In this July 1, 2016 file photo, President Duterte listens during the assumption of command of PNP chief Director General Ronald dela Rosa at Camp Crame.
It has started to sink in. Despite the adulation of millions who gave him the biggest number of votes in history for any Philippine presidential candidate, President Duterte is now feeling lonely at the top – and agonizing over being overworked and underpaid.
“Do not feel shortchanged. My will to work is there. But if you ask me if I’m happy, I am not. It’s lonely. And even when I am home, it is still work,” Duterte said in an address to the officers of the League of Cities and Provinces yesterday.
“I am not used to this kind of life,” he added as he asked the officers to take their seats and address him as a mayor instead. The Chief Executive had served as Davao City mayor for decades. As mayor, Duterte would make the rounds of his city incognito or spend time with friends at his favorite piano bar after work, before calling it a day.
He admitted feeling uncomfortable being called or addressed as President, as he offered to resign and vacate his post in three to four years if or when the French model of a federal system of government is adopted in the country.
The 71-year-old Chief Executive said his guards would knock at his door each morning to wake him up to start the workday.
There were times, he continued, that he would shed tears while walking, remembering his father, or thinking about the problems facing him as President of the country. It is during these moments that he would simply tell himself “That’s life.”
“Nagpaloko lang kasi ako… gusto ko suntukin ‘yung (nanloko),” Duterte said. (I allowed myself to be fooled… I want to punch (the one who had duped me into this),” he said.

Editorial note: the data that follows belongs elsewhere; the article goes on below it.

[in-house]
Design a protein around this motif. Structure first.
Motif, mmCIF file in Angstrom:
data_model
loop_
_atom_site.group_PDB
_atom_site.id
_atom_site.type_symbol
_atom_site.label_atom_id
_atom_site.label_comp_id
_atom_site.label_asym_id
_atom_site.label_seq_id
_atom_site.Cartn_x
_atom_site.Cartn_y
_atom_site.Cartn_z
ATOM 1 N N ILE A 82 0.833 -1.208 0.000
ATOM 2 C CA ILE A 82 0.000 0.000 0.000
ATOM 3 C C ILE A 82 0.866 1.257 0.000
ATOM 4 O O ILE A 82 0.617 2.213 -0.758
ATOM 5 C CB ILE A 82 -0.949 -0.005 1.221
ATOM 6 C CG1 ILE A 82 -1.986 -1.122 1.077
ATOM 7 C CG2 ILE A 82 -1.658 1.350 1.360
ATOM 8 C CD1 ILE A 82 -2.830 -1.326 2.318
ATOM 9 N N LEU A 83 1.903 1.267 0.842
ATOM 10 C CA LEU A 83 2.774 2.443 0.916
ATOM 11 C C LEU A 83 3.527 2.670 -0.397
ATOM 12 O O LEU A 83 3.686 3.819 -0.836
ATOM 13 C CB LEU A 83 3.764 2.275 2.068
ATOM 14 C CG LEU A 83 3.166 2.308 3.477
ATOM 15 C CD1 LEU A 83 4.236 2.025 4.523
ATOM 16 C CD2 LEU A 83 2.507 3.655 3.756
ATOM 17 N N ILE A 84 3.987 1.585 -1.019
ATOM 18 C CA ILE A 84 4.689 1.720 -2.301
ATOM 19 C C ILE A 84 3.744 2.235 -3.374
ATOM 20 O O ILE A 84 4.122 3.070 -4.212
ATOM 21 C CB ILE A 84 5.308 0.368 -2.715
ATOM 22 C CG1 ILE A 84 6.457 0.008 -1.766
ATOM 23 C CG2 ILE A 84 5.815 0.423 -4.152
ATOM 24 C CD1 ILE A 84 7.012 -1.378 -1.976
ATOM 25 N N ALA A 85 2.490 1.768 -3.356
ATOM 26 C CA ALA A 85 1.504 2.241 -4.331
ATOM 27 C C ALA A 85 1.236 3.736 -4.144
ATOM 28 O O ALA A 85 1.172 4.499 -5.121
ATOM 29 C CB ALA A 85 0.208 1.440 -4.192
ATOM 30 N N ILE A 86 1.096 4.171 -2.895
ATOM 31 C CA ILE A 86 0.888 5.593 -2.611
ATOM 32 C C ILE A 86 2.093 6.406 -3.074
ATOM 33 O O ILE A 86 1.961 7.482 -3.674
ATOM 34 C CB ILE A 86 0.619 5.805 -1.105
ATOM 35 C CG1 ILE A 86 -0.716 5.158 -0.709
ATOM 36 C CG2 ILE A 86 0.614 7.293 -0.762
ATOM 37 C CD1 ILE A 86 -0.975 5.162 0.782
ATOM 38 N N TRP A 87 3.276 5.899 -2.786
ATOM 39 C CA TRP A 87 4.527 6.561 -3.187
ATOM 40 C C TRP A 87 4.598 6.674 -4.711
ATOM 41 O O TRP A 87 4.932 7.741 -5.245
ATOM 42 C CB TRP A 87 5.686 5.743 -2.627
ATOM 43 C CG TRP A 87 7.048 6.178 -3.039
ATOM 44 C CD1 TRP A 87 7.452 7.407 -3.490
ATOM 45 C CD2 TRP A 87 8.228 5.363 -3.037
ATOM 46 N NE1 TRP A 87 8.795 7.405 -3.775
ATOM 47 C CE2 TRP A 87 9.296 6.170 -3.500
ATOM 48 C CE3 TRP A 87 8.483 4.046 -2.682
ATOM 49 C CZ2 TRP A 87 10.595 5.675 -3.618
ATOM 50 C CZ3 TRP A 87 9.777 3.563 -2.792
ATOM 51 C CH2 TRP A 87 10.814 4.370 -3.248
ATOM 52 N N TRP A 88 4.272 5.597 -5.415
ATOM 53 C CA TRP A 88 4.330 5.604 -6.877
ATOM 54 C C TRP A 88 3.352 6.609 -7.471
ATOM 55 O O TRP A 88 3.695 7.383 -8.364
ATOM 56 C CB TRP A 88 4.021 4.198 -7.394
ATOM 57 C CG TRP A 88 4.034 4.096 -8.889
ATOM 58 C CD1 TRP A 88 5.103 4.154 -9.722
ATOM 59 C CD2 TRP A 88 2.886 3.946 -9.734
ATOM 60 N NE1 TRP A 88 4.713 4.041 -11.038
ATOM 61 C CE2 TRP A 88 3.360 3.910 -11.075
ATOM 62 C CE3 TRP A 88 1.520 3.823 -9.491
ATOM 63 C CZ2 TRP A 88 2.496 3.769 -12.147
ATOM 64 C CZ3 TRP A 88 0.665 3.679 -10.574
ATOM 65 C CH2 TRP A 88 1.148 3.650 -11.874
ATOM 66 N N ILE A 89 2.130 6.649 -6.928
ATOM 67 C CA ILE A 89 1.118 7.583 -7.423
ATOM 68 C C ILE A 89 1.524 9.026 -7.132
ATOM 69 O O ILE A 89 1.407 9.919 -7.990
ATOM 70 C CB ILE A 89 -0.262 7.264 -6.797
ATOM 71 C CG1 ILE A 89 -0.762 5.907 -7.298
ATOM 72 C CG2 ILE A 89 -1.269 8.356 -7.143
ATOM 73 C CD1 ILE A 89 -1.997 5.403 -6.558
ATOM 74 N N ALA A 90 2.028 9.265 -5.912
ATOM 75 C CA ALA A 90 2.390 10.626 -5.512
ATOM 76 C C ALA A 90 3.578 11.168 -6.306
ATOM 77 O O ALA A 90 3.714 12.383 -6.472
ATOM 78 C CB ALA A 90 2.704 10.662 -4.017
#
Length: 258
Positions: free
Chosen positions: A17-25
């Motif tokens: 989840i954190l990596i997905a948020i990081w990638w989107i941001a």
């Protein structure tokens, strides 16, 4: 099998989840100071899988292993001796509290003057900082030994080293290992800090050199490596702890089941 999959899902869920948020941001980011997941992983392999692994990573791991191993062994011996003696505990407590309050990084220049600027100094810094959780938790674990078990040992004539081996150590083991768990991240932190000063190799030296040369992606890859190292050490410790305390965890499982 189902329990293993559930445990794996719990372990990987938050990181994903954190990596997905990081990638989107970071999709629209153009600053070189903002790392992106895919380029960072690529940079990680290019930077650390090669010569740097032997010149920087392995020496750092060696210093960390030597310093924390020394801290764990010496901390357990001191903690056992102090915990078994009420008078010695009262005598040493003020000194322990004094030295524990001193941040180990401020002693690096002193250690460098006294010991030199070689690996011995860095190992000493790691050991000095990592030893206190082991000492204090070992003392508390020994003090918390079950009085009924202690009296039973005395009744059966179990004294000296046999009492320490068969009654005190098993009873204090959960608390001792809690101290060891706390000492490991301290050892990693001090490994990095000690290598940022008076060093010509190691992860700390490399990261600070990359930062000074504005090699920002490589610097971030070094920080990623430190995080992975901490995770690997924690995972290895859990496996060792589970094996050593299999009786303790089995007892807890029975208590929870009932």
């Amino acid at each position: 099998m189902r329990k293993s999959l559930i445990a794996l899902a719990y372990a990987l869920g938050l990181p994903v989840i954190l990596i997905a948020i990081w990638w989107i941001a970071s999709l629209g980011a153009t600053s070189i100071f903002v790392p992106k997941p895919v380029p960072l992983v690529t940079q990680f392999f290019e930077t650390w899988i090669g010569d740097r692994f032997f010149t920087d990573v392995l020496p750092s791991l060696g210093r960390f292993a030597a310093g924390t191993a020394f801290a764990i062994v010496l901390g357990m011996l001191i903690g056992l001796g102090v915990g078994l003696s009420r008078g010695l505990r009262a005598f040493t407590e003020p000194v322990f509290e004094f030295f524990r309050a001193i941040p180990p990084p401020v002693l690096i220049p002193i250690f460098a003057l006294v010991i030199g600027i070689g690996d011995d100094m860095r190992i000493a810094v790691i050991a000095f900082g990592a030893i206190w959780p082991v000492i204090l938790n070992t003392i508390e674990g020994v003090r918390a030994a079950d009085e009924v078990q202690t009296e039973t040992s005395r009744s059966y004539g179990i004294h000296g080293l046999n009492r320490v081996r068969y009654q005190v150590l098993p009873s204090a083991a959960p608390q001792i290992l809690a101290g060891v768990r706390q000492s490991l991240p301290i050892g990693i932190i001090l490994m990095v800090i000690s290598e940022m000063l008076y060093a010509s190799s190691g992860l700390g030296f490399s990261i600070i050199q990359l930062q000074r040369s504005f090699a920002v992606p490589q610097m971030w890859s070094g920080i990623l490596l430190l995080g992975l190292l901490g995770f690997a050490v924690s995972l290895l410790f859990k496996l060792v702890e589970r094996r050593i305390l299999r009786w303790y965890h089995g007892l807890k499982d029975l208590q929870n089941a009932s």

“Tapos pag-uwi ko magba-barge… matulog. Wala na lahat. Pagod ka na… tapos tinanong ko ang sweldo, 130 – ‘Di mabuti pa nag-mayor ako yon lang pala. Ewan ko nga kung may allowance pa ako dito o wala. Hindi ako makatanong. Wala man akong matanungan (I go home by barge then I sleep. No more social life because you also get tired with all the work. And then they ask me how much I get paid, it is P130,000. It would have been better if I remained a mayor. I don’t even know if I have an allowance. I could not ask. I have no one to ask from),” he said, referring to the river crossing he makes each night from the Palace to Bahay Pagbabago across the Pasig, the Coast Guard ever alert.
The President stressed the only reason he is staying in the job is his love for the country.
The tough-talking Duterte – both famous and notorious for his unconventional approach to stamping out criminality, at times in a kind of brinkmanship with the law itself – was catapulted to power by over 16 million votes in the last May 9 elections. His campaign platform of change captivated a nation bruised by poverty, as well as by bureaucratic corruption and inefficiency.
He spends half the workweek in Manila, and goes home to Davao usually every Thursday to spend the weekend, and where more often than not he stops by the After Dark piano bar to sing a song or two, some maruya (fried banana fritters) on the side.
By Sunday he’s back in Manila, and to the reality of being president of more than 100 million Filipinos.
Article Source: PhilStar.com